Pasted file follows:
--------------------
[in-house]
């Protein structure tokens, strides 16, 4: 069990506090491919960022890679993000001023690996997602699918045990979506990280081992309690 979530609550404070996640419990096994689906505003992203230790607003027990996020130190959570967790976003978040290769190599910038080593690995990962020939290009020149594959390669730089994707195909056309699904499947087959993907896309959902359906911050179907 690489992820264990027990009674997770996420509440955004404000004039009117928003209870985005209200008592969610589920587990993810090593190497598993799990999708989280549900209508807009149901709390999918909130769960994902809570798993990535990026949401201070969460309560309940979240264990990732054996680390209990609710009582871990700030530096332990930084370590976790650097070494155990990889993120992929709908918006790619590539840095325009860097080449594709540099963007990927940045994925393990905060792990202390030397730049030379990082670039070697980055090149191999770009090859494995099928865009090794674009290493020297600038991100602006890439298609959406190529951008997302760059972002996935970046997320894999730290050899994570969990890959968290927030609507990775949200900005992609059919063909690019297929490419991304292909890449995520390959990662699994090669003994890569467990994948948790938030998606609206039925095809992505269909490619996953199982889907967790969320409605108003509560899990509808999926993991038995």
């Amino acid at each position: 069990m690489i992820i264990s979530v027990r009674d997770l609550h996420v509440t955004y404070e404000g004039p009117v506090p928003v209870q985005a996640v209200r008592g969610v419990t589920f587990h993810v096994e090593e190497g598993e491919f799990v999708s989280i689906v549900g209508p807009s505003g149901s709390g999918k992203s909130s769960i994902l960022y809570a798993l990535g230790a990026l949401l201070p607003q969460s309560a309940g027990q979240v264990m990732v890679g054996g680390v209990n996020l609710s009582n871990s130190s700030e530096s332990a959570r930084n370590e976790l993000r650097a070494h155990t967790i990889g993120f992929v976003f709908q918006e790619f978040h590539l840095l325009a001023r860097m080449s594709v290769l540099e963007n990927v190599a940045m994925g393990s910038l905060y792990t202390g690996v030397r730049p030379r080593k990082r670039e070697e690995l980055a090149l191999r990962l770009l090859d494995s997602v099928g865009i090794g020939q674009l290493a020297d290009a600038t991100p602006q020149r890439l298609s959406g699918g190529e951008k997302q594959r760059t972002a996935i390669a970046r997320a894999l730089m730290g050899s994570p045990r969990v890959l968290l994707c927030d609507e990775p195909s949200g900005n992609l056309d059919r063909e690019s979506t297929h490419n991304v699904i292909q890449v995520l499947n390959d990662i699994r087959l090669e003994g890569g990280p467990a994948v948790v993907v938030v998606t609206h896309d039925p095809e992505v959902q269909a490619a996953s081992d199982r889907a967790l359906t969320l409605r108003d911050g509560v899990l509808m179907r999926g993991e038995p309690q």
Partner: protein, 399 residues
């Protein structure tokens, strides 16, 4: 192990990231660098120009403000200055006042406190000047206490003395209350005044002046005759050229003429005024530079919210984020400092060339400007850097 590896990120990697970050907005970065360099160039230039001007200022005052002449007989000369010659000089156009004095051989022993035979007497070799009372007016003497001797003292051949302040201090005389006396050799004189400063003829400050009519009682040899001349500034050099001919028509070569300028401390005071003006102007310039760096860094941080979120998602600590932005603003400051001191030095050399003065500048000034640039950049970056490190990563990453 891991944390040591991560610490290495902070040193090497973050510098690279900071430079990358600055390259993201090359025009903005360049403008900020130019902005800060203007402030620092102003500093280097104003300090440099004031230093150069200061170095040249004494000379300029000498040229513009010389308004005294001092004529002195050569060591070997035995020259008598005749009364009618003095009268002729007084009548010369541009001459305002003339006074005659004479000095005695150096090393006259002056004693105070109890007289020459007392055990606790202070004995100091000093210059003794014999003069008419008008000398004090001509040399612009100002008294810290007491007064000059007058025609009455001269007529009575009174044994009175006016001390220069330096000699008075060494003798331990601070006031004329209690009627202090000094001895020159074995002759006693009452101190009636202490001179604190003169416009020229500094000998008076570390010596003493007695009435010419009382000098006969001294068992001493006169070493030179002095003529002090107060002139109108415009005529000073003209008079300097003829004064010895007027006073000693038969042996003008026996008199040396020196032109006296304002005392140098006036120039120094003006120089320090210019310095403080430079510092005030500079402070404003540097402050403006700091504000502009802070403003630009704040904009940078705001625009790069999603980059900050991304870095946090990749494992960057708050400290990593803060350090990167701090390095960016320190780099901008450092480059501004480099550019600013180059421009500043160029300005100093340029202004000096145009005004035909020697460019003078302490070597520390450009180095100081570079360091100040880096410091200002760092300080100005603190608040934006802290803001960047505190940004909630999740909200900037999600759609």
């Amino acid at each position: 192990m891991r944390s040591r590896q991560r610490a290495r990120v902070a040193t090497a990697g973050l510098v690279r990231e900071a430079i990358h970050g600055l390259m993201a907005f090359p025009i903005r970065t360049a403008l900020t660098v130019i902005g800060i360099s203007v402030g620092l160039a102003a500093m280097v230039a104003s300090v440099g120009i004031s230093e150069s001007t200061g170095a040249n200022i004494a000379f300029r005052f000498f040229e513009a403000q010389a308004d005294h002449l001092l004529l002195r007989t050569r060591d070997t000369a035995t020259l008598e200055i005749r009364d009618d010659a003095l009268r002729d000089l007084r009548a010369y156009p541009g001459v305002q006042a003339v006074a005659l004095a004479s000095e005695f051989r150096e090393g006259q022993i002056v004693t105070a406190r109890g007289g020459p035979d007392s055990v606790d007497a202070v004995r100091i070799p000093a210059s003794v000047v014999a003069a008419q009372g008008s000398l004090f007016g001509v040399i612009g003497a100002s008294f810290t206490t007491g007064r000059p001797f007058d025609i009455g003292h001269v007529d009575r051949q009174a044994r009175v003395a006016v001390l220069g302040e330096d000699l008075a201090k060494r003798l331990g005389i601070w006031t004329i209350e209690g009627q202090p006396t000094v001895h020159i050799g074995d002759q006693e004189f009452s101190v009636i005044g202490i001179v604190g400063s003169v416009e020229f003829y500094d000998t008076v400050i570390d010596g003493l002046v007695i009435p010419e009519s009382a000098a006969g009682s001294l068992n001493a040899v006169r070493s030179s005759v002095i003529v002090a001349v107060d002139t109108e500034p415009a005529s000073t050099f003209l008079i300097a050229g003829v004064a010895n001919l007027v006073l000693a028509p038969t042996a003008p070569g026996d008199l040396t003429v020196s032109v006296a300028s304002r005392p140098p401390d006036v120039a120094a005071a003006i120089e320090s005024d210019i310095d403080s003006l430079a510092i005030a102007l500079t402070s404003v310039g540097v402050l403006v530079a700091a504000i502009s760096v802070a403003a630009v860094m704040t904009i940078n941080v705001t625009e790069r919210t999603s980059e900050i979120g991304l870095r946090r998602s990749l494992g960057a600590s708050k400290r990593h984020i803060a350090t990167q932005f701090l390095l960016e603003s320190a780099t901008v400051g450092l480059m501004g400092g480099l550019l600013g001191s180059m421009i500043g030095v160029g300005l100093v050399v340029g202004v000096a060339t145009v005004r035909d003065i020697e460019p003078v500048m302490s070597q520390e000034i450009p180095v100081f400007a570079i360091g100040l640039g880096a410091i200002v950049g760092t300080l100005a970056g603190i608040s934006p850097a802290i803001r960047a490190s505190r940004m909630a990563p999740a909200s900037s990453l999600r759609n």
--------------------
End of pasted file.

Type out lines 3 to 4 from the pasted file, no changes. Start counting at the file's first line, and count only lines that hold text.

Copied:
């Amino acid at each position: 069990m690489i992820i264990s979530v027990r009674d997770l609550h996420v509440t955004y404070e404000g004039p009117v506090p928003v209870q985005a996640v209200r008592g969610v419990t589920f587990h993810v096994e090593e190497g598993e491919f799990v999708s989280i689906v549900g209508p807009s505003g149901s709390g999918k992203s909130s769960i994902l960022y809570a798993l990535g230790a990026l949401l201070p607003q969460s309560a309940g027990q979240v264990m990732v890679g054996g680390v209990n996020l609710s009582n871990s130190s700030e530096s332990a959570r930084n370590e976790l993000r650097a070494h155990t967790i990889g993120f992929v976003f709908q918006e790619f978040h590539l840095l325009a001023r860097m080449s594709v290769l540099e963007n990927v190599a940045m994925g393990s910038l905060y792990t202390g690996v030397r730049p030379r080593k990082r670039e070697e690995l980055a090149l191999r990962l770009l090859d494995s997602v099928g865009i090794g020939q674009l290493a020297d290009a600038t991100p602006q020149r890439l298609s959406g699918g190529e951008k997302q594959r760059t972002a996935i390669a970046r997320a894999l730089m730290g050899s994570p045990r969990v890959l968290l994707c927030d609507e990775p195909s949200g900005n992609l056309d059919r063909e690019s979506t297929h490419n991304v699904i292909q890449v995520l499947n390959d990662i699994r087959l090669e003994g890569g990280p467990a994948v948790v993907v938030v998606t609206h896309d039925p095809e992505v959902q269909a490619a996953s081992d199982r889907a967790l359906t969320l409605r108003d911050g509560v899990l509808m179907r999926g993991e038995p309690q």
Partner: protein, 399 residues